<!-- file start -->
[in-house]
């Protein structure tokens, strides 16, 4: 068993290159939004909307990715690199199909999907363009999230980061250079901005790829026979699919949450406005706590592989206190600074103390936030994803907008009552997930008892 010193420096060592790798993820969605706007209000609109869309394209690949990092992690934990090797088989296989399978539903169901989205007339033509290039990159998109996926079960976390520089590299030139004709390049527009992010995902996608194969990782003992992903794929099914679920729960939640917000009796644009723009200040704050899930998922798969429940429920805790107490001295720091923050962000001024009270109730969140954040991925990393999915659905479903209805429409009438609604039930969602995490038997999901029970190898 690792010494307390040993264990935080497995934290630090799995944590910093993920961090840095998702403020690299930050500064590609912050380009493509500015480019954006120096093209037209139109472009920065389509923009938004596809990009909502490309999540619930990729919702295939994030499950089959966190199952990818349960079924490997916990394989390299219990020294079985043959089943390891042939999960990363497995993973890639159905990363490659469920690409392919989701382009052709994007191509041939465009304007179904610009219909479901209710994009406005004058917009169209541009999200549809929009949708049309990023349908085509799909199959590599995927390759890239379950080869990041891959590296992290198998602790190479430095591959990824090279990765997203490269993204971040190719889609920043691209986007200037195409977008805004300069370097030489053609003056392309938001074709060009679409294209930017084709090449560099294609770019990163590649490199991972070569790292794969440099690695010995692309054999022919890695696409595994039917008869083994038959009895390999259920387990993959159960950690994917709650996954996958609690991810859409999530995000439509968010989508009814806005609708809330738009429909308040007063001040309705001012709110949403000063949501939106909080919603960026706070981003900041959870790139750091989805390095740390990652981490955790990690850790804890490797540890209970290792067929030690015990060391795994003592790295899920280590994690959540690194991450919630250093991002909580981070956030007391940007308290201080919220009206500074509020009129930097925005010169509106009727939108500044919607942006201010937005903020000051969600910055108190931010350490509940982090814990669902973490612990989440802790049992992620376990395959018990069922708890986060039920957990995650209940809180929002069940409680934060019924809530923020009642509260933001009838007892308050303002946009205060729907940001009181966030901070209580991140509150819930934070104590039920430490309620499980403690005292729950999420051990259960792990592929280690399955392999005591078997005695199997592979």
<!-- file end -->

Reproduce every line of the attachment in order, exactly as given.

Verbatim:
[in-house]
């Protein structure tokens, strides 16, 4: 068993290159939004909307990715690199199909999907363009999230980061250079901005790829026979699919949450406005706590592989206190600074103390936030994803907008009552997930008892 010193420096060592790798993820969605706007209000609109869309394209690949990092992690934990090797088989296989399978539903169901989205007339033509290039990159998109996926079960976390520089590299030139004709390049527009992010995902996608194969990782003992992903794929099914679920729960939640917000009796644009723009200040704050899930998922798969429940429920805790107490001295720091923050962000001024009270109730969140954040991925990393999915659905479903209805429409009438609604039930969602995490038997999901029970190898 690792010494307390040993264990935080497995934290630090799995944590910093993920961090840095998702403020690299930050500064590609912050380009493509500015480019954006120096093209037209139109472009920065389509923009938004596809990009909502490309999540619930990729919702295939994030499950089959966190199952990818349960079924490997916990394989390299219990020294079985043959089943390891042939999960990363497995993973890639159905990363490659469920690409392919989701382009052709994007191509041939465009304007179904610009219909479901209710994009406005004058917009169209541009999200549809929009949708049309990023349908085509799909199959590599995927390759890239379950080869990041891959590296992290198998602790190479430095591959990824090279990765997203490269993204971040190719889609920043691209986007200037195409977008805004300069370097030489053609003056392309938001074709060009679409294209930017084709090449560099294609770019990163590649490199991972070569790292794969440099690695010995692309054999022919890695696409595994039917008869083994038959009895390999259920387990993959159960950690994917709650996954996958609690991810859409999530995000439509968010989508009814806005609708809330738009429909308040007063001040309705001012709110949403000063949501939106909080919603960026706070981003900041959870790139750091989805390095740390990652981490955790990690850790804890490797540890209970290792067929030690015990060391795994003592790295899920280590994690959540690194991450919630250093991002909580981070956030007391940007308290201080919220009206500074509020009129930097925005010169509106009727939108500044919607942006201010937005903020000051969600910055108190931010350490509940982090814990669902973490612990989440802790049992992620376990395959018990069922708890986060039920957990995650209940809180929002069940409680934060019924809530923020009642509260933001009838007892308050303002946009205060729907940001009181966030901070209580991140509150819930934070104590039920430490309620499980403690005292729950999420051990259960792990592929280690399955392999005591078997005695199997592979």